Gallbladder Surgery

Your doctor has suggested you need gallbladder surgery and you are not sure why.

Well, first you need to understand what your gallbladder does for you. It is the job of the gallbladder to aid with the digestion of food. The gallbladder stores bile. The bile helps dissolve fat. Fat is absorbed into the bloodstream to provide nutrients to the body. While the gallbladder’s function is important you can live without it and there are certain problems that may develop causing you to have to have it removed.

Some of the symptoms include:

  • Bloating after eating
  • Fatty food intolerance
  • Indigestion
  • Nausea
  • Vomiting
  • Back pain
  • Feeling of fullness
  • Fever
  • Clay-colored stool
  • Pain under the right arm

Hopefully you will be able to schedule your surgery but there are times gallbladder surgery may be performed urgently after diagnosis. Ask your doctor to schedule your surgery at Outpatient Services East. You will receive the best possible care by the professional medical staff there.

Testing for gallbladder disease includes a physical exam, blood tests, and possible abdominal imaging that can detect the presence of gallstones and blockages. The decision for treatment or surgery will be made based on the size and number of gallstones and the condition of the gallbladder.

The most common technique used for gallbladder surgery is the laparoscopic approach. This is where a camera and a few small incisions to visualize the surgery, instead of a large incision. However, the surgeon may deem it necessary to use the “open” procedure.

The laparoscopic surgery goes something like this:

The surgeon begins with four small incisions, approximately half an inch long, in the upper right side of the abdomen. Two of these incisions allow the surgeon to place surgical instruments in the abdominal cavity. The third incision is used to insert the laparoscope, an instrument that has a light and a video camera that allows the surgeon to view the surgery on a monitor while working. The fourth incision is used to insert a port that releases carbon dioxide gas, inflating the abdomen to allow better visualization and more room to work. The gallbladder is separated from the healthy tissue and is placed in a sterile bag to allow it to pass through one of the small incisions. If the gallbladder is enlarged or hardened, and cannot fit through the laparoscopic incisions, the surgery is converted to an open procedure to allow removal of the tissue.The surgeon then inspects the area where the gallbladder was removed and closes the ducts that were connected to it. If there are no signs of leaking or infection, the port that blows carbon dioxide into the abdomen is removed and the remaining gas leaks out of the incisions as the instruments are removed. The incisions are then closed with staples, stitches or adhesive bandages.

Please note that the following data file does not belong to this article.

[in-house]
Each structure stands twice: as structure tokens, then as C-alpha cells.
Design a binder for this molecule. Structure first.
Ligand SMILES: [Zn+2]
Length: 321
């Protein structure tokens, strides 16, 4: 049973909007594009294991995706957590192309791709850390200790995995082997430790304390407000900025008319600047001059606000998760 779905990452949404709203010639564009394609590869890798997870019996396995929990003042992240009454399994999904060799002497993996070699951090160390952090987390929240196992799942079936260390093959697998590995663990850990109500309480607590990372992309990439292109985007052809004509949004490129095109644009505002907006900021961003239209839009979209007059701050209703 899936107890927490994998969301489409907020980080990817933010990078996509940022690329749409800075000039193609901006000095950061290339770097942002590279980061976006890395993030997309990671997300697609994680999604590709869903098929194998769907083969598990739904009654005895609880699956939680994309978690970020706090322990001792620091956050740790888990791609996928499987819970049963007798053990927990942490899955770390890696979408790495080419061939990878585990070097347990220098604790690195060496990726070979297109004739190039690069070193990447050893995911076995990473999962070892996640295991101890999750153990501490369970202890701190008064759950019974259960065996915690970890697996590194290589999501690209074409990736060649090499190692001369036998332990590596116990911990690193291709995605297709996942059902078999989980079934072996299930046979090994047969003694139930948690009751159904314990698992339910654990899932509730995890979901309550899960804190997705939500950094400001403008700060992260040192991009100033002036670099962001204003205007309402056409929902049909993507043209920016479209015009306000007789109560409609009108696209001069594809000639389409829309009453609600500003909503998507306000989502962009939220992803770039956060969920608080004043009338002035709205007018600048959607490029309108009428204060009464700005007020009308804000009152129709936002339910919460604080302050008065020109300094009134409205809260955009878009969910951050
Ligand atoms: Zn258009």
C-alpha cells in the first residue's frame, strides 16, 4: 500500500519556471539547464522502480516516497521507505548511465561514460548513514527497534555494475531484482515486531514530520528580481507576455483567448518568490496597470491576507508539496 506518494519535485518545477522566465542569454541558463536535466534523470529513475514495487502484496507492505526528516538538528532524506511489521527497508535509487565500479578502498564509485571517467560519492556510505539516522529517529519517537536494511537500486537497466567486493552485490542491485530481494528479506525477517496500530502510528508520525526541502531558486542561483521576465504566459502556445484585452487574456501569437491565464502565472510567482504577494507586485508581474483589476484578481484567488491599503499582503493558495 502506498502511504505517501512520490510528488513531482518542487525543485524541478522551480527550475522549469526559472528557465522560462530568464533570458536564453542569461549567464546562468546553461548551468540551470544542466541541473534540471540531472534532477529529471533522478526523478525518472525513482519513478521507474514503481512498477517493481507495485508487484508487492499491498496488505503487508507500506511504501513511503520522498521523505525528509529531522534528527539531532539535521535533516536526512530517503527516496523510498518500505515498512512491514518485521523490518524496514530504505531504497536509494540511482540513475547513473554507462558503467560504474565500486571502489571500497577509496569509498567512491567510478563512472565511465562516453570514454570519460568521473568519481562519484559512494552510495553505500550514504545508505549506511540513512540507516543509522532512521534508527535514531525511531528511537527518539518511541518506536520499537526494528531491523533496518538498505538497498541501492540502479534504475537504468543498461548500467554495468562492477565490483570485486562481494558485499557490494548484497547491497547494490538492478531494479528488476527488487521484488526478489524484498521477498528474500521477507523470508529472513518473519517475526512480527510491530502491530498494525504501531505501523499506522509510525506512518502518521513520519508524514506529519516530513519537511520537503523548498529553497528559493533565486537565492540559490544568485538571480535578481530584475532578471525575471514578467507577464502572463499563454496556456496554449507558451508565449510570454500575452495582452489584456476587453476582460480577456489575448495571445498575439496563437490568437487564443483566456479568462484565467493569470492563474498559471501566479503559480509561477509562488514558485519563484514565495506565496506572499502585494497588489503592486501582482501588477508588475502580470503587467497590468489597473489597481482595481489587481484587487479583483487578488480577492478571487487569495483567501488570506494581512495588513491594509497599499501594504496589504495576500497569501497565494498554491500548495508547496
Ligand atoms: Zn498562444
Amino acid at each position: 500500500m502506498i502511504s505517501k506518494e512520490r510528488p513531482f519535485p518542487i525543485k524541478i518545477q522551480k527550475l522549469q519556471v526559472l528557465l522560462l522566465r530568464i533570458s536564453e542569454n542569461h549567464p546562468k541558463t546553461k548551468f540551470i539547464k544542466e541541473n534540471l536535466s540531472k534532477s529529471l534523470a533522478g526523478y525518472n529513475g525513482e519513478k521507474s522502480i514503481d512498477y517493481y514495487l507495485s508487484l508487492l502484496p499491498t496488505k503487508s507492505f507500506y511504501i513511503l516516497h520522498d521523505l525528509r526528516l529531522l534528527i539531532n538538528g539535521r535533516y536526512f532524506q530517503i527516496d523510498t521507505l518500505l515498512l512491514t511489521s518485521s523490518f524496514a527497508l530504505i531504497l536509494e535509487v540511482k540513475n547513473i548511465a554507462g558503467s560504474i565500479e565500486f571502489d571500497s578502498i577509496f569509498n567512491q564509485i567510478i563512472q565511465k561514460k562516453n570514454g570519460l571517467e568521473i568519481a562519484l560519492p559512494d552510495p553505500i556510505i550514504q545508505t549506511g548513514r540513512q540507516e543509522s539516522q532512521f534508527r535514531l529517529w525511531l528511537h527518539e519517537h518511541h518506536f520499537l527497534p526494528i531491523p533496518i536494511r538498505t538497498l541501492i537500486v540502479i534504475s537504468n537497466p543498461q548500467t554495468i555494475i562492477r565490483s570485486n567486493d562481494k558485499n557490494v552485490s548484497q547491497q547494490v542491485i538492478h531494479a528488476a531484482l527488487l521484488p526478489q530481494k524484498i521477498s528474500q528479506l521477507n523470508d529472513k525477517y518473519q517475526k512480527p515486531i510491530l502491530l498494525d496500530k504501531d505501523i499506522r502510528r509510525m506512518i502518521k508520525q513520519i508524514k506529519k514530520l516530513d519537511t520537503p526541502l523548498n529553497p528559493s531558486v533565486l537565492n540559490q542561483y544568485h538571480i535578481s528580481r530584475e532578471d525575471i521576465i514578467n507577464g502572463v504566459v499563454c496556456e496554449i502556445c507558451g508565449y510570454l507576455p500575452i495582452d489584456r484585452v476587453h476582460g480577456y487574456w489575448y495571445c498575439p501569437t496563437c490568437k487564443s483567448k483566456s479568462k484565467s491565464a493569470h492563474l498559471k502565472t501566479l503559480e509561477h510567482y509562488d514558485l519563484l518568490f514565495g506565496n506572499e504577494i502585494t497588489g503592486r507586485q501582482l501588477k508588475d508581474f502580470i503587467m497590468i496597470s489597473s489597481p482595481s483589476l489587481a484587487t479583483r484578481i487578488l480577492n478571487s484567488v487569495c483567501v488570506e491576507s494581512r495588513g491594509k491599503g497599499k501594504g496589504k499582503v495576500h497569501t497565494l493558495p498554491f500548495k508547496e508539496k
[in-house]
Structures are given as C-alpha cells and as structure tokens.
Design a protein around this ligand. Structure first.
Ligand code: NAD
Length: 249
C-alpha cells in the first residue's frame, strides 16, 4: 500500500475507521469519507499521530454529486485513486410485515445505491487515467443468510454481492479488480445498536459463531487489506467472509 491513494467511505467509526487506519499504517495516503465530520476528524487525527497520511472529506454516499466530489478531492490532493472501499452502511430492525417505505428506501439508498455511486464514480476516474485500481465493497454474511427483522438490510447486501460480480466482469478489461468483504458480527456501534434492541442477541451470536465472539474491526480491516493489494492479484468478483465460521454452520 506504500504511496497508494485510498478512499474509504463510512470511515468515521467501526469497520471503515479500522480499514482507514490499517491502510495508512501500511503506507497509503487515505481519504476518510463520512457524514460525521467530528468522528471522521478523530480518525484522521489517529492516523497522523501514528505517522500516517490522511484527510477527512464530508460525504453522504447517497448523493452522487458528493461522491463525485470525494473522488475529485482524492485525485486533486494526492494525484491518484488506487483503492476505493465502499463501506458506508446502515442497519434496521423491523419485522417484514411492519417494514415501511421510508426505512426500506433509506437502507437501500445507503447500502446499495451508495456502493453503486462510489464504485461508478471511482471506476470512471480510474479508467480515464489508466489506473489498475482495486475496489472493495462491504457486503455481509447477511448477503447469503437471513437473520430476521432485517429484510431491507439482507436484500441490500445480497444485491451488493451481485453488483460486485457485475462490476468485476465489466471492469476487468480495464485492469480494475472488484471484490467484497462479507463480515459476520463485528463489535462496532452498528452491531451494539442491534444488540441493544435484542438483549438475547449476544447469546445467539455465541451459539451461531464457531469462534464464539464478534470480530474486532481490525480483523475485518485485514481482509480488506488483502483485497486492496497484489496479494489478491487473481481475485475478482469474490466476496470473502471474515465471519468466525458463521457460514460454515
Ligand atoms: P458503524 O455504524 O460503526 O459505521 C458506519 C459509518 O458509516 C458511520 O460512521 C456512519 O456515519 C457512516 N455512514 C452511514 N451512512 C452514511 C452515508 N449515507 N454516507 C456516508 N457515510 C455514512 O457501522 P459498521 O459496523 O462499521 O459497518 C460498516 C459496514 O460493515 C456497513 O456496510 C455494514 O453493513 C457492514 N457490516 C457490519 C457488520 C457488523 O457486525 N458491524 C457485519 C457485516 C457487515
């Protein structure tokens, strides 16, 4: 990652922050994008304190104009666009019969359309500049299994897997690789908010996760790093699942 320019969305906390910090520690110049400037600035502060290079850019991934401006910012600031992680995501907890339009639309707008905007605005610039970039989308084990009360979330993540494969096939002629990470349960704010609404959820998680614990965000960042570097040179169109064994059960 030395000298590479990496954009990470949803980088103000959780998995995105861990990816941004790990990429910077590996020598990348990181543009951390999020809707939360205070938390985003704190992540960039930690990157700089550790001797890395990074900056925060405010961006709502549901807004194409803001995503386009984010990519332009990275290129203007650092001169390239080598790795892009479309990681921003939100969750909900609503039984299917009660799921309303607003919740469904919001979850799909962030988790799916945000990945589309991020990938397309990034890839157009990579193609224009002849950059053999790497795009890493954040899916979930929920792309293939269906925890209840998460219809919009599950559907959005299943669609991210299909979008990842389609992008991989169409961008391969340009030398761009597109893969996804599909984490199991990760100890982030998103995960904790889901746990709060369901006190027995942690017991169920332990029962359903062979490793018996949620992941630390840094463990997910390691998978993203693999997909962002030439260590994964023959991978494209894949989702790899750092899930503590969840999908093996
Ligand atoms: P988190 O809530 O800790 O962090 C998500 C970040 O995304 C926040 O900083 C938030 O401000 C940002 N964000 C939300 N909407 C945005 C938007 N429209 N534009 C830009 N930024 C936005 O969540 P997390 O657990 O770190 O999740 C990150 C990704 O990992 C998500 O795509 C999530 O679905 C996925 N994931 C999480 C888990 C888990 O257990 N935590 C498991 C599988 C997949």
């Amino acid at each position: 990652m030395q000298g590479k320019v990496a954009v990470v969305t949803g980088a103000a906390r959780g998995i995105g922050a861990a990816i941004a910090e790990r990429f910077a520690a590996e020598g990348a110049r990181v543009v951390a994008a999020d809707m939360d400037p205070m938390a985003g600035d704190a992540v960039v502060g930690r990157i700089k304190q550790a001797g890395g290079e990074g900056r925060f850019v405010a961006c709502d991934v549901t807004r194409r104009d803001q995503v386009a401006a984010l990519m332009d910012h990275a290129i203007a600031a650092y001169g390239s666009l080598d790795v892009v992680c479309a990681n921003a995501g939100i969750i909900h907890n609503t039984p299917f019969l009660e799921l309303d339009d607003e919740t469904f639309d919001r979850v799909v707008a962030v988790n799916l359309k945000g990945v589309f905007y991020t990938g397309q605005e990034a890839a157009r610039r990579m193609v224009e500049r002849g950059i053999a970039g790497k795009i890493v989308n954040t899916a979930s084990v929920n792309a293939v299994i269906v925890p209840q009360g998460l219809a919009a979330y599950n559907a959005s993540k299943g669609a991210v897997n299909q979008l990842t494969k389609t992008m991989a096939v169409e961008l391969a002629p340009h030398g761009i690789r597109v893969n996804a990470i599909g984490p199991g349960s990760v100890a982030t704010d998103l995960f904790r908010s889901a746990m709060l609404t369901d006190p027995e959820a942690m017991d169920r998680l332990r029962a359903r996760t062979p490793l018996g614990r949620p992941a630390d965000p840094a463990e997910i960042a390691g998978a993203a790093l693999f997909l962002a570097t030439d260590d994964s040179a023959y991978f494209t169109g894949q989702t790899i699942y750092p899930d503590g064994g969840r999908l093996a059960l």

When your surgery is completed you will be monitored while the anesthesia wears off. The medical staff will watch closely for signs of pain, vital signs changes, and any possible complications.  (infection, bleeding. leakage of bile) Complications are rare but are possible with any surgery.

Keep in mind that this is just a small part of the information you will want to know before going into your surgery. Ask your doctor and surgeon to explain in detail what you need to expect during and after surgery.

The staff at Outpatient Services East will answer any questions you have. Give them a call.

Phone:  205-838-3888

 

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